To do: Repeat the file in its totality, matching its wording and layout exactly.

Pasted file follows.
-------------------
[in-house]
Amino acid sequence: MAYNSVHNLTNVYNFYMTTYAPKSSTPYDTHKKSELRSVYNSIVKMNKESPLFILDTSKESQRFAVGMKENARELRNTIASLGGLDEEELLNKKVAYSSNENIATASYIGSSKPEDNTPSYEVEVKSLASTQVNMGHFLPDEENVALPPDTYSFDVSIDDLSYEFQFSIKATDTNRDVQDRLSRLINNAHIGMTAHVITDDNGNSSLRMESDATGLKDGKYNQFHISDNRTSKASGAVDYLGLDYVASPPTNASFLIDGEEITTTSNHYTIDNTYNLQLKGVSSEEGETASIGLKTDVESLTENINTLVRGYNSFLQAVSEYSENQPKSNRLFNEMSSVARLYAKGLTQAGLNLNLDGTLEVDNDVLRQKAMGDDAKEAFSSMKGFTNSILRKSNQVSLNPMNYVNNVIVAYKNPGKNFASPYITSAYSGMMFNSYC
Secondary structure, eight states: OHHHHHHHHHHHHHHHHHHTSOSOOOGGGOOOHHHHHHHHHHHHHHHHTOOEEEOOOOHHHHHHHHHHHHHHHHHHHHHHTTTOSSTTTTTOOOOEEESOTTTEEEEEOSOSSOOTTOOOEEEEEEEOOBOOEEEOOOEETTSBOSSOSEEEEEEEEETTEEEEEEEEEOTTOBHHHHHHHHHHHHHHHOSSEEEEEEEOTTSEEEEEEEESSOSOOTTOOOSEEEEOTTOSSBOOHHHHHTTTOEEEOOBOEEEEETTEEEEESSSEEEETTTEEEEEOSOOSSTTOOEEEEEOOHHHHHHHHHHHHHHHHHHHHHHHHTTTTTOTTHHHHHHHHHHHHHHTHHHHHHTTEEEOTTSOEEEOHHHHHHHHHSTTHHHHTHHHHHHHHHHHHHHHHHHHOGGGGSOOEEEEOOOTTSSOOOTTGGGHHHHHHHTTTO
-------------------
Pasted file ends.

[in-house]
Amino acid sequence: MAYNSVHNLTNVYNFYMTTYAPKSSTPYDTHKKSELRSVYNSIVKMNKESPLFILDTSKESQRFAVGMKENARELRNTIASLGGLDEEELLNKKVAYSSNENIATASYIGSSKPEDNTPSYEVEVKSLASTQVNMGHFLPDEENVALPPDTYSFDVSIDDLSYEFQFSIKATDTNRDVQDRLSRLINNAHIGMTAHVITDDNGNSSLRMESDATGLKDGKYNQFHISDNRTSKASGAVDYLGLDYVASPPTNASFLIDGEEITTTSNHYTIDNTYNLQLKGVSSEEGETASIGLKTDVESLTENINTLVRGYNSFLQAVSEYSENQPKSNRLFNEMSSVARLYAKGLTQAGLNLNLDGTLEVDNDVLRQKAMGDDAKEAFSSMKGFTNSILRKSNQVSLNPMNYVNNVIVAYKNPGKNFASPYITSAYSGMMFNSYC
Secondary structure, eight states: OHHHHHHHHHHHHHHHHHHTSOSOOOGGGOOOHHHHHHHHHHHHHHHHTOOEEEOOOOHHHHHHHHHHHHHHHHHHHHHHTTTOSSTTTTTOOOOEEESOTTTEEEEEOSOSSOOTTOOOEEEEEEEOOBOOEEEOOOEETTSBOSSOSEEEEEEEEETTEEEEEEEEEOTTOBHHHHHHHHHHHHHHHOSSEEEEEEEOTTSEEEEEEEESSOSOOTTOOOSEEEEOTTOSSBOOHHHHHTTTOEEEOOBOEEEEETTEEEEESSSEEEETTTEEEEEOSOOSSTTOOEEEEEOOHHHHHHHHHHHHHHHHHHHHHHHHTTTTTOTTHHHHHHHHHHHHHHTHHHHHHTTEEEOTTSOEEEOHHHHHHHHHSTTHHHHTHHHHHHHHHHHHHHHHHHHOGGGGSOOEEEEOOOTTSSOOOTTGGGHHHHHHHTTTO